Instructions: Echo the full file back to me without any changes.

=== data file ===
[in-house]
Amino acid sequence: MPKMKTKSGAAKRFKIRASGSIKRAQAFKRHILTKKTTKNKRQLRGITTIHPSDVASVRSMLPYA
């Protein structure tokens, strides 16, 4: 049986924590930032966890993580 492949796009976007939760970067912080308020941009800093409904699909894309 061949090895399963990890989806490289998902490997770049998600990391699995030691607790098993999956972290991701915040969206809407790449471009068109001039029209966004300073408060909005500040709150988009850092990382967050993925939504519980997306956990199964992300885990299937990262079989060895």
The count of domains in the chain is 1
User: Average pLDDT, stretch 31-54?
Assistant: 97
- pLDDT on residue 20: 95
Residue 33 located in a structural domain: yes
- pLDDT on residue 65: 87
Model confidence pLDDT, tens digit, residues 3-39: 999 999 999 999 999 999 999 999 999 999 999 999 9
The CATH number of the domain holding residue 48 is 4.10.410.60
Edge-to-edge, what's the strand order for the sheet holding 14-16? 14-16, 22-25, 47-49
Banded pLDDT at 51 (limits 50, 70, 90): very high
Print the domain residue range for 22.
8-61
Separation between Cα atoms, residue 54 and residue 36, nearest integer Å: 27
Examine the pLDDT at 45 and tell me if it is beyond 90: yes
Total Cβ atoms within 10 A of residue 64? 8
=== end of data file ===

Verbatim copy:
[in-house]
Amino acid sequence: MPKMKTKSGAAKRFKIRASGSIKRAQAFKRHILTKKTTKNKRQLRGITTIHPSDVASVRSMLPYA
């Protein structure tokens, strides 16, 4: 049986924590930032966890993580 492949796009976007939760970067912080308020941009800093409904699909894309 061949090895399963990890989806490289998902490997770049998600990391699995030691607790098993999956972290991701915040969206809407790449471009068109001039029209966004300073408060909005500040709150988009850092990382967050993925939504519980997306956990199964992300885990299937990262079989060895």
The count of domains in the chain is 1
User: Average pLDDT, stretch 31-54?
Assistant: 97
- pLDDT on residue 20: 95
Residue 33 located in a structural domain: yes
- pLDDT on residue 65: 87
Model confidence pLDDT, tens digit, residues 3-39: 999 999 999 999 999 999 999 999 999 999 999 999 9
The CATH number of the domain holding residue 48 is 4.10.410.60
Edge-to-edge, what's the strand order for the sheet holding 14-16? 14-16, 22-25, 47-49
Banded pLDDT at 51 (limits 50, 70, 90): very high
Print the domain residue range for 22.
8-61
Separation between Cα atoms, residue 54 and residue 36, nearest integer Å: 27
Examine the pLDDT at 45 and tell me if it is beyond 90: yes
Total Cβ atoms within 10 A of residue 64? 8